Schriever Airmen proud of Hispanic heritage

  • Published
  • By Senior Airman Arielle Vasquez
  • 50th Space Wing Public Affairs

Many of our Team Schriever members are among the Hispanic Americans serving in the armed forces today, who have become an invaluable part of an increasingly diversified military.

Hispanic Heritage Month takes place Sept. 15 through Oct. 15 to recognize Hispanic and Latino American heritage. The theme for this year is “Shaping the Bright Future of America.”

Tech. Sgt. Adalberto Torres, 1st Space Operations Squadron, and Senior Airman Emily Moreno, 50th Force Support Squadron, have crucial roles at Schriever Air Force Base and are among the generations continuing to enhance and shape our country and military.

“We have a lot of diversity in the military,” Torres said. “For me, Hispanic Heritage Month is important because we have a lot of Hispanics and Latinos in the Air Force. We bring a lot to the fight, just like any other ethnicity in the military.”

Similar to the core values in the Air Force, Torres grew up with strong values and traditions, which were instilled in him from a young age.

“I grew up with discipline, respect, especially for elders, and a strong love for family. My family is very tight knit and it’s always an eclectic group coming together. When we meet up, especially during the holidays, we play salsa music, eat a lot of Hispanic food and it’s always a huge celebration for us.”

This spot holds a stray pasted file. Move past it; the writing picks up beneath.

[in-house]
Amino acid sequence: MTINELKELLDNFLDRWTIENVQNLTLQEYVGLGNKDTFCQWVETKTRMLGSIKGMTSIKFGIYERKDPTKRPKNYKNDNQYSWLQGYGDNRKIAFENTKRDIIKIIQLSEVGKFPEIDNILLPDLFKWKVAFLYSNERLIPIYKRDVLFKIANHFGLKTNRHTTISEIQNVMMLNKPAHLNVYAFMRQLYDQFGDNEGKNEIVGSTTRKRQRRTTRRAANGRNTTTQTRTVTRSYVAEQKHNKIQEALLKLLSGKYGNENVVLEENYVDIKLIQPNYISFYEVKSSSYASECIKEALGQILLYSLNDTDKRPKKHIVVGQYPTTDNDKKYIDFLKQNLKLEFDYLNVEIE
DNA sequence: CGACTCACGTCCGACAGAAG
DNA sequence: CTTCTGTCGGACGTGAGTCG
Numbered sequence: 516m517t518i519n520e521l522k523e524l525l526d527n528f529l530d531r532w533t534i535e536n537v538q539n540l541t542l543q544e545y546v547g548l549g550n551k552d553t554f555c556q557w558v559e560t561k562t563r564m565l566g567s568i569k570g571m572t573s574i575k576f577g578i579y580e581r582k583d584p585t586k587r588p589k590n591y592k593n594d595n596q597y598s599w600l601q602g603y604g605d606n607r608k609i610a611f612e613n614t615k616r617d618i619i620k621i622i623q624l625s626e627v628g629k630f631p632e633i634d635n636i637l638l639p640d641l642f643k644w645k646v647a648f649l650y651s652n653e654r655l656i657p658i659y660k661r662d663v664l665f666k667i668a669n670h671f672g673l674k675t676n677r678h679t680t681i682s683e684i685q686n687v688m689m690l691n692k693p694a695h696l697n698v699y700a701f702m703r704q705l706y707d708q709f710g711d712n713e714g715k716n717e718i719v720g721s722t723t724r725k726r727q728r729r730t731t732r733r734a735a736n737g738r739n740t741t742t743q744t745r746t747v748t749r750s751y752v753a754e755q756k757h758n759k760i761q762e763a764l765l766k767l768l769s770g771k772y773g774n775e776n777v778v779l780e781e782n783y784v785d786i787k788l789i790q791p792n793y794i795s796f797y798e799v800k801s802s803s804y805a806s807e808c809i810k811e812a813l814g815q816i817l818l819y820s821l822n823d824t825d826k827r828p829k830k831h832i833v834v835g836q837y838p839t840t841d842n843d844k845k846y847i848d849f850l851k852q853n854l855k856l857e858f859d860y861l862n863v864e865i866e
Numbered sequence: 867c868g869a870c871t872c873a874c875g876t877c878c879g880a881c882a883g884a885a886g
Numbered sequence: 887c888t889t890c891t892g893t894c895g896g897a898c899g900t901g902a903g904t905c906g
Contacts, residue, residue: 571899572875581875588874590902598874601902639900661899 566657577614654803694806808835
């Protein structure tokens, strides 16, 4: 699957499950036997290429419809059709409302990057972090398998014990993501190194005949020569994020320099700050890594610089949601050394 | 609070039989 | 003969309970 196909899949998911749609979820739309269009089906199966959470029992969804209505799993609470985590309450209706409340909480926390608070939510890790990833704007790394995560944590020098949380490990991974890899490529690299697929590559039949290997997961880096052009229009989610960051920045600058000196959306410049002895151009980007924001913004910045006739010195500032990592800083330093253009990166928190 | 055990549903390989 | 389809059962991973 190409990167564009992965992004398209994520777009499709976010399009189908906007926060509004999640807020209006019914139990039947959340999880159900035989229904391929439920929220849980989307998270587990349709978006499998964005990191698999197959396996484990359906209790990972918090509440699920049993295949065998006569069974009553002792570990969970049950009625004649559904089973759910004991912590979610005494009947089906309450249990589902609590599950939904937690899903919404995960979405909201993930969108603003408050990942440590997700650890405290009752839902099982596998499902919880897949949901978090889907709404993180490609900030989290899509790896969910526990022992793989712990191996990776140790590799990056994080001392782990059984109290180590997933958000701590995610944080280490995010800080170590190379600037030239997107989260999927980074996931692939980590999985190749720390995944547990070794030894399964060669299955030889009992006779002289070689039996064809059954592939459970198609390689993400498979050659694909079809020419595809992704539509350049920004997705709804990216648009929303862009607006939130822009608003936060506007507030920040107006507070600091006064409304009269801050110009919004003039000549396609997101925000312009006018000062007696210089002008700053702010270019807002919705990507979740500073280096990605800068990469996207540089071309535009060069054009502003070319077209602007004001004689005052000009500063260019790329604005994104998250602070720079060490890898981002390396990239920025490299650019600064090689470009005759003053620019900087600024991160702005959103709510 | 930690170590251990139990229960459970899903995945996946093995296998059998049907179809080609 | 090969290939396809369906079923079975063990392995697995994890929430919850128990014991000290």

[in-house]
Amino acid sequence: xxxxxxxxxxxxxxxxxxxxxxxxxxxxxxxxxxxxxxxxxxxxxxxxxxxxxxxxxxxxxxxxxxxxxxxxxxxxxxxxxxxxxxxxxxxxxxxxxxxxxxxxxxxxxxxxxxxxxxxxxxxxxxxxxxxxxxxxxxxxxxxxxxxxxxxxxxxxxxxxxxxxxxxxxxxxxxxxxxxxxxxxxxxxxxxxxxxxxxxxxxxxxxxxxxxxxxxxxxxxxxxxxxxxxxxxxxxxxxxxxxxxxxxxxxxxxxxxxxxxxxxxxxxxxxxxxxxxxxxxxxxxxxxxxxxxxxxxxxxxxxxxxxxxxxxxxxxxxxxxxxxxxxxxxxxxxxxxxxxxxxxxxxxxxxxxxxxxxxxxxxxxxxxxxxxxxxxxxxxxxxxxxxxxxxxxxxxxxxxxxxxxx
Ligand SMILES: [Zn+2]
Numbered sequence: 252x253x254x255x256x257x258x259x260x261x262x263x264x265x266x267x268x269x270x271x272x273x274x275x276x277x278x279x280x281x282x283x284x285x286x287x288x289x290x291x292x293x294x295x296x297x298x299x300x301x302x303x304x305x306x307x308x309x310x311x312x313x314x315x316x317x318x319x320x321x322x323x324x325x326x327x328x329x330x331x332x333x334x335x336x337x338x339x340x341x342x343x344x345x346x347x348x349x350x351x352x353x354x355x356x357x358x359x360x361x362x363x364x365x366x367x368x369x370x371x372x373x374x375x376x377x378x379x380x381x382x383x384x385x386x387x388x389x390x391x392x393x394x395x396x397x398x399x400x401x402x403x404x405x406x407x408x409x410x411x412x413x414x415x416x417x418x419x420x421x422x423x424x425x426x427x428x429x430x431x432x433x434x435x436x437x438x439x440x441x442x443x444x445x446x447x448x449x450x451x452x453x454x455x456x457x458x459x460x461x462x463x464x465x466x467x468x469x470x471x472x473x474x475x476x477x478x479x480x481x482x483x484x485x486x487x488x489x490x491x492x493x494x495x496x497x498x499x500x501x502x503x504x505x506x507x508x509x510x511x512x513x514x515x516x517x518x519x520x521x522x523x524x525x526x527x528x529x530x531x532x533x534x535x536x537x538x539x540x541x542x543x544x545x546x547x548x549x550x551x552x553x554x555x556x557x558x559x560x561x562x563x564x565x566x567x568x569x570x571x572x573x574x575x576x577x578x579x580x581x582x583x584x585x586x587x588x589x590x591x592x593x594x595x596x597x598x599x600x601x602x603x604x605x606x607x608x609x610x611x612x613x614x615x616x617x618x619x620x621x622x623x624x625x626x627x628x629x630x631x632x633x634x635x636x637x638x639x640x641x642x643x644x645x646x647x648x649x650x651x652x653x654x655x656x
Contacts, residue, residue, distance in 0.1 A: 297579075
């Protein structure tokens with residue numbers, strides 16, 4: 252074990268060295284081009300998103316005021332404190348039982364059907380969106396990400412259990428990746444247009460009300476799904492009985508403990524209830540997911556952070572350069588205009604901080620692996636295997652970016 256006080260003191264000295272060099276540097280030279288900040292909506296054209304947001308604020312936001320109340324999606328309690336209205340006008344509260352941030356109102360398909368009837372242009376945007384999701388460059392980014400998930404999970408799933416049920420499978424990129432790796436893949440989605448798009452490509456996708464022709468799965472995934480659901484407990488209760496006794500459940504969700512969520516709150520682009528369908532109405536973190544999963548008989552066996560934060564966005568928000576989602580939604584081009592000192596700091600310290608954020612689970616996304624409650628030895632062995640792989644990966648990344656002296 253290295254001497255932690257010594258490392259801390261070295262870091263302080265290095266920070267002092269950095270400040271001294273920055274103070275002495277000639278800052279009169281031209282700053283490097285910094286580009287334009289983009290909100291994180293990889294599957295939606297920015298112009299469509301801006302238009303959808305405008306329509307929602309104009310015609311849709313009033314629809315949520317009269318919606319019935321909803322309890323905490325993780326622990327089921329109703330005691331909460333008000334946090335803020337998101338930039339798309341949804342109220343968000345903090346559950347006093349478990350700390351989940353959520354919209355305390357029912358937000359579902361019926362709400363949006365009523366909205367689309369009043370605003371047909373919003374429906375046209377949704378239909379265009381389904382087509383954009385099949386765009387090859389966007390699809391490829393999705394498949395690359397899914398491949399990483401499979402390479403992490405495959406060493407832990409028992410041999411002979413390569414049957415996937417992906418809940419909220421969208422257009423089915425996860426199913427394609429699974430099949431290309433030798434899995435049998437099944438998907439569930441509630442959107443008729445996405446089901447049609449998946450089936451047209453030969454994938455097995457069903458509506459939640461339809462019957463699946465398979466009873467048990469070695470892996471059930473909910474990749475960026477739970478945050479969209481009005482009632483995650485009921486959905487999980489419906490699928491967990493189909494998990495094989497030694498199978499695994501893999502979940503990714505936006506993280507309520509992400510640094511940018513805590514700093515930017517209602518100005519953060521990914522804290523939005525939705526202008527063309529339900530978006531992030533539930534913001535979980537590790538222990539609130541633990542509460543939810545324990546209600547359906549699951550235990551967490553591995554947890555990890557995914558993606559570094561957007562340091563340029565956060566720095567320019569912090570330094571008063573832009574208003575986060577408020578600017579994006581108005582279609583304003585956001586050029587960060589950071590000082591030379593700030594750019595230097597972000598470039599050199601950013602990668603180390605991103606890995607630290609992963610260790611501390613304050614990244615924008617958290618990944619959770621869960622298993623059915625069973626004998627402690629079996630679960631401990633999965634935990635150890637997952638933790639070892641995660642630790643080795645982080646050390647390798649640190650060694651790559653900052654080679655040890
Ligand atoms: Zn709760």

While Moreno also grew up learning American customs and traditions, she learned about her Mexican heritage from her parents and was raised in their cultures and faith.

“Several times, during the holidays, my family visited my grandparents in Mexico,” Moreno said. “We celebrated Mexican traditions in the days leading up to Christmas. It was something new and my mom wanted me to experience it. For me, it was nice to see how traditions live on.”

Mexican traditions were always instilled in Moreno; however, one stood out to her among the rest.

“I had a Quinceañera, which is a Hispanic tradition celebrating a young woman’s fifteenth birthday,” Moreno said. “My mom gave me the option between a car and a Quinceañera. Ever since I was born, my mom told me the significance of it and I wanted that experience. That’s when you become a woman in the eyes of your family and it’s a huge deal to celebrate that special time. My entire family from Mexico, Minnesota and Arizona came for that. It was a night I’ll never forget.”

Both Airmen emphasized what it means to serve in the military and how fortunate they feel to be a part of something bigger than themselves.

“After 9/11 happened, I decided I wanted to join the military,” Torres said. “For me, it was about giving back. Especially seeing how diverse the military is, I think it is important to learn from each other and come together as a family - to have even more of an understanding of each other.”

Moreno echoed the sentiment.

“Since I was in eighth grade, I knew I wanted to join the military,” she said. “Being in the Air Force has broadened my views. I’ve met people from all over the world and from different backgrounds. When I hear about people who were born in different countries and willing to serve in the U.S military, it amazes me. We are a diverse force and that’s what makes us stronger.”

According to the Air Force Personnel Center website, Hispanic service members make up 13.9 percent of total Air Force personnel and that number is growing. The perspective Hispanic Americans have added to American society and the military has added to cultural expansion and continues to bolster more of an understanding of one another.